Ken Ham and the GAE

Without giving details, I need to inform the forum of an important development. Ken Ham is being invited into a dialogue/debate with me about the GAE. It will be interesting to see what happens, especially because I reference him positively in the book.

If this happens, I expect that PS will gain an immense amount of attention very quickly, both good and bad. We can expect it to be ten times more crazy than when @NLENTS and I published our review of Behe’s book. This is our warning.


For certain. As much as I rag on the DI crowd, AiG and their ilk are a whole different level. Not even the same category.


They have a chance to recover everything they say they care about, including an entirely literal reading of Genesis, within mainstream science. If they have been honest about their reasons for opposing evolution, they no longer have reason to oppose it.

Josh, be reasonable. Their opposition goes WAY deeper than that. I’m glad you’re doing this dialog, but you don’t really expect them to just abandon everything they’re about, right?


What could you possibly say about Ken Ham that would be good?


I’m a little more pessimistic than Josh, as well. Their view of the natural world is already completely dependent on their interpretation of Genesis 1-11. I do not believe that an alternative interpretation that includes GAE will be welcome to a great majority of YEC adherents. That being said, if this appeals to even a small percentage of YECs, it will be worthwhile.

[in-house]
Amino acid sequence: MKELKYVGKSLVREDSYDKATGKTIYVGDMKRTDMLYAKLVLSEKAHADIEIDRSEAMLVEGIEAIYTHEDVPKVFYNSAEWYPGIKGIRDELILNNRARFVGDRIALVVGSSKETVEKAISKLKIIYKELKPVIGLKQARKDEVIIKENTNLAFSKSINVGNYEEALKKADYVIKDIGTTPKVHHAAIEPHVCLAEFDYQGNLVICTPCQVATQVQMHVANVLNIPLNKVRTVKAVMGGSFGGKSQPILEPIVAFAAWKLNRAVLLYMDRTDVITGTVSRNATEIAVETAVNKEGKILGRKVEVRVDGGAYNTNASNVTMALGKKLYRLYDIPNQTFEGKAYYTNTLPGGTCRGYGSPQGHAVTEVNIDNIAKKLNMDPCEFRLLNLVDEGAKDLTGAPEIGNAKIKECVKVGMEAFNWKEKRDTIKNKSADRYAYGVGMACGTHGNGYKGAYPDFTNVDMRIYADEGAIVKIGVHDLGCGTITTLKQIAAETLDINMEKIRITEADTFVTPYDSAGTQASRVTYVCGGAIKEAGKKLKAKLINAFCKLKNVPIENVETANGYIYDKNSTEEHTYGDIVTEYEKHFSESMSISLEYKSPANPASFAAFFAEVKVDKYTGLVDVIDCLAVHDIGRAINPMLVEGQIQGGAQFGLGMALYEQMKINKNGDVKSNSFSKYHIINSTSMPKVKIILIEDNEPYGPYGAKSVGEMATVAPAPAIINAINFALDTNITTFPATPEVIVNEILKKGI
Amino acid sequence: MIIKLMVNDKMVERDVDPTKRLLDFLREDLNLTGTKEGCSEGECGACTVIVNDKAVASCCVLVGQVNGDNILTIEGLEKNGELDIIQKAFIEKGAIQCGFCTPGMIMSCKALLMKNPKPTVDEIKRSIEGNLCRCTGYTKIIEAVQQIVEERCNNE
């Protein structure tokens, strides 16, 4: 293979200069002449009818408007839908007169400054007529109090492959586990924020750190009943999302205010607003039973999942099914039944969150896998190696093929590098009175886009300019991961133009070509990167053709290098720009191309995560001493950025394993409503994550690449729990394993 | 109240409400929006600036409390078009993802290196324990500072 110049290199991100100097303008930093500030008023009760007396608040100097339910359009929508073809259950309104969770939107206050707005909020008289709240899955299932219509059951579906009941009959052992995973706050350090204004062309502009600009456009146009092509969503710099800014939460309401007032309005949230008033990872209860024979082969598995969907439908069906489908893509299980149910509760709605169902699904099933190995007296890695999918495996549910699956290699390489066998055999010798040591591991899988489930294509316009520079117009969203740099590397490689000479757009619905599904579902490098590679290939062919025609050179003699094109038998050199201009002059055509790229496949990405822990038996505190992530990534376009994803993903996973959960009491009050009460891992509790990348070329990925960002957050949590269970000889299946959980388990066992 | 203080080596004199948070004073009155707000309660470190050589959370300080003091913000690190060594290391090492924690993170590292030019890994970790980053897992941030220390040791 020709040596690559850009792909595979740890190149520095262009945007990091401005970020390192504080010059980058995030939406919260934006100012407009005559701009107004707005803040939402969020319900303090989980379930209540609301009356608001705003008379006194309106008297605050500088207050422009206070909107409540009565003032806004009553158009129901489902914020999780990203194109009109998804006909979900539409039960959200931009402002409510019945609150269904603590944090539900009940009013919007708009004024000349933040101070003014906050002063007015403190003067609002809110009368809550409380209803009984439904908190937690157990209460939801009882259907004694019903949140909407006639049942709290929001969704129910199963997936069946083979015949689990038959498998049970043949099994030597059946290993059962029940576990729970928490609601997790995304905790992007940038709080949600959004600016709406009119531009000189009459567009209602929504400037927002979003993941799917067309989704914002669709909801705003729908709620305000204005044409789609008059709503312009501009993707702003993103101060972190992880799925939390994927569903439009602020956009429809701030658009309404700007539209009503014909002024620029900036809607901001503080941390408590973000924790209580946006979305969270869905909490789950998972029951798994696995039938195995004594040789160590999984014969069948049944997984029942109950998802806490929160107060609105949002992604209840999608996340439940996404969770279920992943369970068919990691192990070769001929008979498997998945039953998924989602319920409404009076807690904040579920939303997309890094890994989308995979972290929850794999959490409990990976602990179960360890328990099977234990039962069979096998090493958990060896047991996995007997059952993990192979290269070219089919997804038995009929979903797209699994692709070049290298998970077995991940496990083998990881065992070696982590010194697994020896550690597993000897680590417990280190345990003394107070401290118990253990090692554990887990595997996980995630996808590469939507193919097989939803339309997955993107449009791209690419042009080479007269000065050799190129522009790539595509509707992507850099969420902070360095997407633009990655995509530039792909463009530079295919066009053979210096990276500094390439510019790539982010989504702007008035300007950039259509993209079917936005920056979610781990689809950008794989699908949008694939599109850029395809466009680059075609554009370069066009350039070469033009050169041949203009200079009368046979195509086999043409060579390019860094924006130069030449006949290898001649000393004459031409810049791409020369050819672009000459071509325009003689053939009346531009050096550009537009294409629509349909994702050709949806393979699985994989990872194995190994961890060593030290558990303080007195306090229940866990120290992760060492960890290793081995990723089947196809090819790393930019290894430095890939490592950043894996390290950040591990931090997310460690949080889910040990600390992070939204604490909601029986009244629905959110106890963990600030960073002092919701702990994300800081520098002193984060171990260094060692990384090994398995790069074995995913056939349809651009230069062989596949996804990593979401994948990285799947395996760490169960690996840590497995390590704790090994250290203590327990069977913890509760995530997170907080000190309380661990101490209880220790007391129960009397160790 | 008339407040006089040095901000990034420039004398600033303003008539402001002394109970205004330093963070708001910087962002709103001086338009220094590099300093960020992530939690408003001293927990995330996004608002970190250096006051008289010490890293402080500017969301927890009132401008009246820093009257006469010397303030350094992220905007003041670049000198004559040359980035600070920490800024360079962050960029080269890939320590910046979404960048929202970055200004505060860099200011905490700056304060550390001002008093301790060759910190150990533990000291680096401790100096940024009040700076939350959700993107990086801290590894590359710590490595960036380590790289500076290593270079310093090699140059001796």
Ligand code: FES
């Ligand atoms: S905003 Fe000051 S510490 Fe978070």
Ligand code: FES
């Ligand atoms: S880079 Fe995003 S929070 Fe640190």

Let’s just see if Ham actually accepts this invitation. I can easily imagine him deciding that the interaction would not be a worthwhile venture.


I still see a problem with Noah’s flood. They support a global flood that wiped out everyone except for Noah’s family which creates a detectable and recent bottleneck in the human lineage. This creates the same problem that GAE tried to solve.


You guys are are a pretty dejected bunch. I’m sure Ken Ham will never like the GAE, but is acolytes I’m sure will. Some of them were even at the workshops.

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As far as the acolytes go, there may be hope for some. If their insistence on a young Earth and global flood is an outgrowth of their rejection of evolution then they may drop YEC altogether. This isn’t too far fetched since many YEC’s put geology and astronomy under the “evolution” heading.


Josh, I welcome the opportunity and your attitude.

Please bear in mind that AiG went deeply into debt to fund a museum that would look utterly foolish if Ham were to acknowledge any value in mainstream science. If mainstream science seems plausible:

  • the museum visitors slow to a trickle,
  • the museum dies,
  • AiG goes into bankruptcy, and
  • Ham’s career and credibility are kaput.

At some level, Ham is aware of this scenario whenever he interacts with the public. I am not trying to accuse him of bad faith or hypocrisy. I see no reason not to assume he is being as sincere as is humanly possible. However–what you are hoping for, Josh, does not fit within the parameters of what is humanly possible. IMHO.